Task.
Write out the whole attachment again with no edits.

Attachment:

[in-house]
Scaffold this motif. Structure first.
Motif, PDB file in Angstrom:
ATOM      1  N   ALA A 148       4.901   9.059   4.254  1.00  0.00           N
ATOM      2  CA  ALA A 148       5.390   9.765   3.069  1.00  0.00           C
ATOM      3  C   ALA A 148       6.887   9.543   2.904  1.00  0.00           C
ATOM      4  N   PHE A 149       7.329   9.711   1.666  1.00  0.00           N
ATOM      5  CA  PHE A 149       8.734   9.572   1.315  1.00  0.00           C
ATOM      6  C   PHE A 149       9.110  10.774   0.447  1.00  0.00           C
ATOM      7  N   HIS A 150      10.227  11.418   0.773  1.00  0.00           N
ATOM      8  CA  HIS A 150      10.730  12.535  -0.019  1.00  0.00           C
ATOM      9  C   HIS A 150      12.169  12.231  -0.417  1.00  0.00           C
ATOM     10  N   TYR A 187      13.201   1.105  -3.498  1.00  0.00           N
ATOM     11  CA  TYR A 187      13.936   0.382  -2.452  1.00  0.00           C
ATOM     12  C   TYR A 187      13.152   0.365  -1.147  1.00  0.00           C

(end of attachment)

[in-house]
Scaffold this motif. Structure first.
Motif, PDB file in Angstrom:
ATOM      1  N   ALA A 148       4.901   9.059   4.254  1.00  0.00           N
ATOM      2  CA  ALA A 148       5.390   9.765   3.069  1.00  0.00           C
ATOM      3  C   ALA A 148       6.887   9.543   2.904  1.00  0.00           C
ATOM      4  N   PHE A 149       7.329   9.711   1.666  1.00  0.00           N
ATOM      5  CA  PHE A 149       8.734   9.572   1.315  1.00  0.00           C
ATOM      6  C   PHE A 149       9.110  10.774   0.447  1.00  0.00           C
ATOM      7  N   HIS A 150      10.227  11.418   0.773  1.00  0.00           N
ATOM      8  CA  HIS A 150      10.730  12.535  -0.019  1.00  0.00           C
ATOM      9  C   HIS A 150      12.169  12.231  -0.417  1.00  0.00           C
ATOM     10  N   TYR A 187      13.201   1.105  -3.498  1.00  0.00           N
ATOM     11  CA  TYR A 187      13.936   0.382  -2.452  1.00  0.00           C
ATOM     12  C   TYR A 187      13.152   0.365  -1.147  1.00  0.00           C